Finally, new insights can be gained when analysing the BioCarta cell cycle G1/S check point process (Figure 4). This process contains several proteins that were found mutated in large-scale pancreatic resequencing studies (Figure 4 red nodes), as well as many other proteins known to be involved in cancerogenesis. Our extension procedure adds seven proteins to this process (Figure 4 circled nodes). All of these proteins are either transcription factors, kinases or other signal transduction regulators, and six of them are known to be involved in cell cycle regulation (all except TGIF2), though not belonging to the BioCarta canonical cell cycle G1/S check point proteins. Interestingly, the cancer resequencing study showed the TGIF2 gene to be mutated in a pancreatic tumour (Figure 4 circled red node). This transcriptional repressor gene has also been reported to be amplified in some ovarian cancers, and can be recruited by TGF-β-activated Smads [31]. We predict both the involvement of the corresponding TGIF2 protein in the cell cycle G1/S check point process, and its involvement in cancer through the deregulation of this process.

Figure 4

Cell cycle G1/S check point subnetwork. Protein-protein interaction subnetwork corresponding to the proteins annotated for the BioCarta pathway "Cell cycle G1/S check point" and proteins added by our extension procedure (circled). Proteins whose corresponding genes have been found mutated in pancreatic whole-genome resequencing studies [28] are highlighted in red.

In conclusion, the extensions of the cell cycle G1/S and other processes provide useful explanatory information for the cancer association of these pathways/processes by adding new regulators that increase the connectivity between cancer mutated genes and other process members in the interaction network. For instance, in the G1/S process, SMAD3 is connected to other process members by adding the proteins TGIF2, GRB2 and PLAGL1, and SMAD4 is connected to the process member CDK2 by adding UHRF2. Thus, the overall coherence of the processes is increased and an expanded view of the influence of different cancer genes in these processes is obtained.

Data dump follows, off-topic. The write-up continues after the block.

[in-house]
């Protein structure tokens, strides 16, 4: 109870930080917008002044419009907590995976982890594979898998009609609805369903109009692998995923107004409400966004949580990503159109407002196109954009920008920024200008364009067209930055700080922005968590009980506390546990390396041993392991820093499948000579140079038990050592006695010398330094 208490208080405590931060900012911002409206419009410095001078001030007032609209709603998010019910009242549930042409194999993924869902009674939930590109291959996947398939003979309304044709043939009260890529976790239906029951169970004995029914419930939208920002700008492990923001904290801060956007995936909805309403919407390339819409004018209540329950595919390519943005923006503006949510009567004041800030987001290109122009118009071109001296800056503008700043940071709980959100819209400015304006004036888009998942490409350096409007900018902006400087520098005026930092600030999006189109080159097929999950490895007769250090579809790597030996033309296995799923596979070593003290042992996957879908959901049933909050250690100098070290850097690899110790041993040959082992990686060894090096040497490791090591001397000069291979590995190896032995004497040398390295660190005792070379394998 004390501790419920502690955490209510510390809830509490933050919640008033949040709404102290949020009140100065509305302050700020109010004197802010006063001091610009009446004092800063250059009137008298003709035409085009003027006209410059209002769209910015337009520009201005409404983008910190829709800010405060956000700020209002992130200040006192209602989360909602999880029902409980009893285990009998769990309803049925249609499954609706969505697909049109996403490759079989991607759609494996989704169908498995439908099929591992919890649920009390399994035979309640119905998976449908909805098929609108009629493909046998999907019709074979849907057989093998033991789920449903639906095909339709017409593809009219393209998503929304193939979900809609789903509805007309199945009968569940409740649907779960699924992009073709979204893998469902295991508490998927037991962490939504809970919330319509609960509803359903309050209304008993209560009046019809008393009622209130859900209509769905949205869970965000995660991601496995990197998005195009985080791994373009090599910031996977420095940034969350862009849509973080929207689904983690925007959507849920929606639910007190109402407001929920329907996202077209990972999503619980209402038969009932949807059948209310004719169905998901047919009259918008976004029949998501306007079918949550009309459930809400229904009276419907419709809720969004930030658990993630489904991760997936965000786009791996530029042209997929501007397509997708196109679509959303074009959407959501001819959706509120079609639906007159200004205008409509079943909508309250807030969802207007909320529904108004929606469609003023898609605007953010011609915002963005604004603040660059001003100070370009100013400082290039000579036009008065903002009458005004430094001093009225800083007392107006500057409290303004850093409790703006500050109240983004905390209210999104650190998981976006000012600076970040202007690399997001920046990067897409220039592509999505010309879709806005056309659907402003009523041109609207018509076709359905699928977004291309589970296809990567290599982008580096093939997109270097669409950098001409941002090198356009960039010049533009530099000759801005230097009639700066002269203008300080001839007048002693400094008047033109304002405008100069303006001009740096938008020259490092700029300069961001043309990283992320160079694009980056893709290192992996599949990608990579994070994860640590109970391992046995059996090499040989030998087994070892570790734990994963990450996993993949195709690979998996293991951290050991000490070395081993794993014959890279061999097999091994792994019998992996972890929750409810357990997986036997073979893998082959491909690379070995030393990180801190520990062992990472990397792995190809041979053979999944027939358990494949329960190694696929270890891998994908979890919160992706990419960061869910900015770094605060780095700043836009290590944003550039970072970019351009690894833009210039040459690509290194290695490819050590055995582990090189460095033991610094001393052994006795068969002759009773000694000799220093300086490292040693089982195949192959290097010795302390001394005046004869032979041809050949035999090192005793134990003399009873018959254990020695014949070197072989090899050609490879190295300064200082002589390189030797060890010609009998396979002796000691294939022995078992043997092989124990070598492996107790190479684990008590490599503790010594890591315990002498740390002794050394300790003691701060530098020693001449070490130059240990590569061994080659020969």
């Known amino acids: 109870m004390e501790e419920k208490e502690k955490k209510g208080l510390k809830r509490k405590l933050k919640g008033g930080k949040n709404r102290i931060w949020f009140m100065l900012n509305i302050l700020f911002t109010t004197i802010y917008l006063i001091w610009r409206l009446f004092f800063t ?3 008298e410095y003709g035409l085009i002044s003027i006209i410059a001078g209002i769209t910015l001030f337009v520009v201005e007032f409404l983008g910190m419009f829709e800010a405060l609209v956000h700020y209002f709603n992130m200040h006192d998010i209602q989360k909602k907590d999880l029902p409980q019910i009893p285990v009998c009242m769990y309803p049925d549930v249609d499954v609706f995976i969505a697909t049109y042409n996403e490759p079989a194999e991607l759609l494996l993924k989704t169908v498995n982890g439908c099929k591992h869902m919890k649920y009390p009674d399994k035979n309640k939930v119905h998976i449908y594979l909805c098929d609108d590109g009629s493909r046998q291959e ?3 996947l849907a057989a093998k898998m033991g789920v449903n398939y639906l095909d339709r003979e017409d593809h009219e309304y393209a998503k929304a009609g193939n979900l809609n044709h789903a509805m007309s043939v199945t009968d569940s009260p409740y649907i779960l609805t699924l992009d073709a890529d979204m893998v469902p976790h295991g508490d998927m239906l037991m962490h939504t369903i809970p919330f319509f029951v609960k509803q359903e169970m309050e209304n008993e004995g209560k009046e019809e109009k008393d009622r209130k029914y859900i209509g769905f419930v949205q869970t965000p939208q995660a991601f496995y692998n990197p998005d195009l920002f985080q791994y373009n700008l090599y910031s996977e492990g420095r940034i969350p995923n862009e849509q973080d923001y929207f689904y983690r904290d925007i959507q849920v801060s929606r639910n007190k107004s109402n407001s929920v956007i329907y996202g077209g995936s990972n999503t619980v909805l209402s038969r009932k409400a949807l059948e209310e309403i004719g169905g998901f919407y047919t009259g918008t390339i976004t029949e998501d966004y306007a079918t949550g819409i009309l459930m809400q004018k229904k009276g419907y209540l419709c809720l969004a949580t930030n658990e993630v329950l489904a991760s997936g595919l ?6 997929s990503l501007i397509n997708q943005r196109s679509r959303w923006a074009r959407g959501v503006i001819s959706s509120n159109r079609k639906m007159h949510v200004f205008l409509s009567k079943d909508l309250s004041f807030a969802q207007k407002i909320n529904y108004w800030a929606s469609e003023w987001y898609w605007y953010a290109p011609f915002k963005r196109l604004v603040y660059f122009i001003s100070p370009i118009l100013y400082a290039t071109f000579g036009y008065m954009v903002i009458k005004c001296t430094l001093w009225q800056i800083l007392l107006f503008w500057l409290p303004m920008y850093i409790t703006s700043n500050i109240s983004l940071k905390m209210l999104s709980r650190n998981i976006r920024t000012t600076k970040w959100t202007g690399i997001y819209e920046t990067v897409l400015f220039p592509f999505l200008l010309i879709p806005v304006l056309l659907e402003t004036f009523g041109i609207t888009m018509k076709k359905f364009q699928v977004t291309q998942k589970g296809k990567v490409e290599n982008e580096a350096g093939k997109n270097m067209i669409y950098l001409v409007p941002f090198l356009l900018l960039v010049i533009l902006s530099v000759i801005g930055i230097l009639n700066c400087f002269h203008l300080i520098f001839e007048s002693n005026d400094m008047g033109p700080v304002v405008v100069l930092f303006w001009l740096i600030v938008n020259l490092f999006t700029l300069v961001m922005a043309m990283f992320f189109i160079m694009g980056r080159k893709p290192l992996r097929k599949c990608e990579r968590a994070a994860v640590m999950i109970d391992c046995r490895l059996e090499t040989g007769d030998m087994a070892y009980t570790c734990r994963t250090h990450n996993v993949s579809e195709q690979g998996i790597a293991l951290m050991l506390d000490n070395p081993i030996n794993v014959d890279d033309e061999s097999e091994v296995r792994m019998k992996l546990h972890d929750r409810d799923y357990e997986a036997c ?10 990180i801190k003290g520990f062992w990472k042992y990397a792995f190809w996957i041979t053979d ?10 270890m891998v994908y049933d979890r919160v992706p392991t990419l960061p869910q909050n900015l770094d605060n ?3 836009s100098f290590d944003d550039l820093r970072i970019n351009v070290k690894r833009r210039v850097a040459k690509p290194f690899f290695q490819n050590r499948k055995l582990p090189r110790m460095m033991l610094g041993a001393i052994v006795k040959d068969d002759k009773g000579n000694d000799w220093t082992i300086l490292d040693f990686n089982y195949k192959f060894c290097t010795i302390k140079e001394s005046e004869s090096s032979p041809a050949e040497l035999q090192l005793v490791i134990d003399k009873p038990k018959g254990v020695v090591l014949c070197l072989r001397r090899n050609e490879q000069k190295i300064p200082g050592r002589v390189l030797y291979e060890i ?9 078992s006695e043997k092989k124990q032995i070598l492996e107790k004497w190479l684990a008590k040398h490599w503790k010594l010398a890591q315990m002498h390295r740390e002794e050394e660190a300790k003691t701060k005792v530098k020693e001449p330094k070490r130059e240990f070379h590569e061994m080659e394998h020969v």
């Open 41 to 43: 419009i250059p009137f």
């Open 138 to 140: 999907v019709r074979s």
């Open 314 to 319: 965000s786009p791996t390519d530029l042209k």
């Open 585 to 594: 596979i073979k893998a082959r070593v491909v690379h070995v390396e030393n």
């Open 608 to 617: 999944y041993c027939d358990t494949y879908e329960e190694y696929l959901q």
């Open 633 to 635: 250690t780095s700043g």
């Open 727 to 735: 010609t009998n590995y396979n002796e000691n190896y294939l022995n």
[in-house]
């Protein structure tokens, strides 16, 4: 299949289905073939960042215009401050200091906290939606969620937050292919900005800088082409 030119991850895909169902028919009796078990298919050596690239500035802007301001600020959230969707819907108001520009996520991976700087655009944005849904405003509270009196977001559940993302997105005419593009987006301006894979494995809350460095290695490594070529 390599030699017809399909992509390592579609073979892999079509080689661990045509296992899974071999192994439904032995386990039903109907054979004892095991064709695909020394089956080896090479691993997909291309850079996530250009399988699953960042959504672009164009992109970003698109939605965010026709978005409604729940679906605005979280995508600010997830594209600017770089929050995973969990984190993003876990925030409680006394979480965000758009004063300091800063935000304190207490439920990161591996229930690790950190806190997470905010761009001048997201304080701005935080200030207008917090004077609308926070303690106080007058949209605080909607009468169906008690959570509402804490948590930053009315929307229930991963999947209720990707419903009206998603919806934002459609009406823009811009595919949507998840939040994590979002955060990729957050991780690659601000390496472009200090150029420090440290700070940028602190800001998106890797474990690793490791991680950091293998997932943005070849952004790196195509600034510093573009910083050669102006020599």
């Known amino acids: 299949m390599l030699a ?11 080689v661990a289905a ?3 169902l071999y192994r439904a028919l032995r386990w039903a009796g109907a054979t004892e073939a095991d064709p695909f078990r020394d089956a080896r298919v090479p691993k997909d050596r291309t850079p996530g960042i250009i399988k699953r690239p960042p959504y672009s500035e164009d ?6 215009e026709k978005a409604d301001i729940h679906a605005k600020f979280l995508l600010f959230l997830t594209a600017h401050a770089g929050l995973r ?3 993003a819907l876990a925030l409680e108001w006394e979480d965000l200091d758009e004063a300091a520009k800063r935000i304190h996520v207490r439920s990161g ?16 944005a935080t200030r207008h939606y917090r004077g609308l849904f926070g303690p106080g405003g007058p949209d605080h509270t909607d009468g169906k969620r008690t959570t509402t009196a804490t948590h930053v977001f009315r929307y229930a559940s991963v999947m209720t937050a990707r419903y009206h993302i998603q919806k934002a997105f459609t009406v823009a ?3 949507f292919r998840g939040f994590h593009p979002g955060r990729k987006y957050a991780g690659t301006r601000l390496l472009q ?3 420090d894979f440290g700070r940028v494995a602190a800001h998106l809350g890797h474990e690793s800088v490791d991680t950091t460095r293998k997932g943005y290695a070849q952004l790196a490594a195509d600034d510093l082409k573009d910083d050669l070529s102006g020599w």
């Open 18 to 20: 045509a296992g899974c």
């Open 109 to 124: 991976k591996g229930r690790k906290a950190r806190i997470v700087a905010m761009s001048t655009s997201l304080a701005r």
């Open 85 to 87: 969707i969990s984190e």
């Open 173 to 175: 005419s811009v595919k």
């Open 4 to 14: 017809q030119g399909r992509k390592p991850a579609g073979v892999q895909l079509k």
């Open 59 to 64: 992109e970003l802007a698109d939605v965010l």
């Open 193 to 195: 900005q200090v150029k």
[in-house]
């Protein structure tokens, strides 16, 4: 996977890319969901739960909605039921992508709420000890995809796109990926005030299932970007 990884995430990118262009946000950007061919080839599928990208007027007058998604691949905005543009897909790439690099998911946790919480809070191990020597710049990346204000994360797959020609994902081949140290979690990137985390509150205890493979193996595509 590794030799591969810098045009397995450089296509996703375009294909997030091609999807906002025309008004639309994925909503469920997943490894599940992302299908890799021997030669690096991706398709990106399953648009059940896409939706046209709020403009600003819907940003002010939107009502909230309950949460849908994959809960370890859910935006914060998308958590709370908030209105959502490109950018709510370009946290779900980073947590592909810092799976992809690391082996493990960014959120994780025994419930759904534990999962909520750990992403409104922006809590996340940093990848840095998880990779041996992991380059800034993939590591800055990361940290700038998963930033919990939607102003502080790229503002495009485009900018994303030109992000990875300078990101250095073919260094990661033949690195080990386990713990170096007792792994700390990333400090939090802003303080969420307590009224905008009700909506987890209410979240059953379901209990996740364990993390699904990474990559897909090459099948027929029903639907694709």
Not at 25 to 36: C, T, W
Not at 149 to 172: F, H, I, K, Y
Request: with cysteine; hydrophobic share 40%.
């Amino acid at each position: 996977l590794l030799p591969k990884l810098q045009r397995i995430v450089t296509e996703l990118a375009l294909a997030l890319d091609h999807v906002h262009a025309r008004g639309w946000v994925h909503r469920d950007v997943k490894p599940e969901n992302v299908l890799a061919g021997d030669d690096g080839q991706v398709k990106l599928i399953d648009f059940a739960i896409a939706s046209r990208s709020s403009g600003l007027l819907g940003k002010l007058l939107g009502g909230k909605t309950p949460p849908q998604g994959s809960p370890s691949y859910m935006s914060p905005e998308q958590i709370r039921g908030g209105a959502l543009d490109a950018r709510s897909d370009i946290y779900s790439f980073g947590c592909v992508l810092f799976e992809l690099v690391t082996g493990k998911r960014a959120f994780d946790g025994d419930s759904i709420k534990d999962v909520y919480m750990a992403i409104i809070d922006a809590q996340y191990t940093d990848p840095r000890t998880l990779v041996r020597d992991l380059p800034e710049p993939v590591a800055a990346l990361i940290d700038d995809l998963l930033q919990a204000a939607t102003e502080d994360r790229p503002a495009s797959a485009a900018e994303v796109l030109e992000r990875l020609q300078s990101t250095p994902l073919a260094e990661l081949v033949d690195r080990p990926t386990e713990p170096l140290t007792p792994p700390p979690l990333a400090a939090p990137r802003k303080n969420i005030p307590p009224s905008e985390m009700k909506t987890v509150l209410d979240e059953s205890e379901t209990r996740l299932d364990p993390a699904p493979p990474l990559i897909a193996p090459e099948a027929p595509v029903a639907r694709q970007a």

The extension of known cellular pathways and processes with densely interconnected interaction partners in a protein-protein interaction network leads to the proposal of new putative components and to the identification of mediators of the communication between the processes. Thus, by taking into account canonical knowledge as well as large-scale interaction data, the extended pathways help to explain the functions of cancer mutated genes.

Availability and requirements

The web-based pathway visualisation, details about the generation of the human protein-protein interaction network and the complete enrichment analysis results are freely available at


  1. 1.

    Vogelstein B, Kinzler K: Cancer genes and the pathways they control. Nat Med 2004, 10(8):789–799. 10.1038/nm1087

    CAS  Article  PubMed  Google Scholar 

  2. 2.

    Lu L, Sboner A, Huang Y, Lu H, Gianoulis T, Yip K, Kim P, Montelione G, Gerstein M: Comparing classical pathways and modern networks: towards the development of an edge ontology. Trends Biochem Sci 2007, 32(7):310–321. 10.1016/j.tibs.2007.06.003

    Article  Google Scholar 

  3. 3.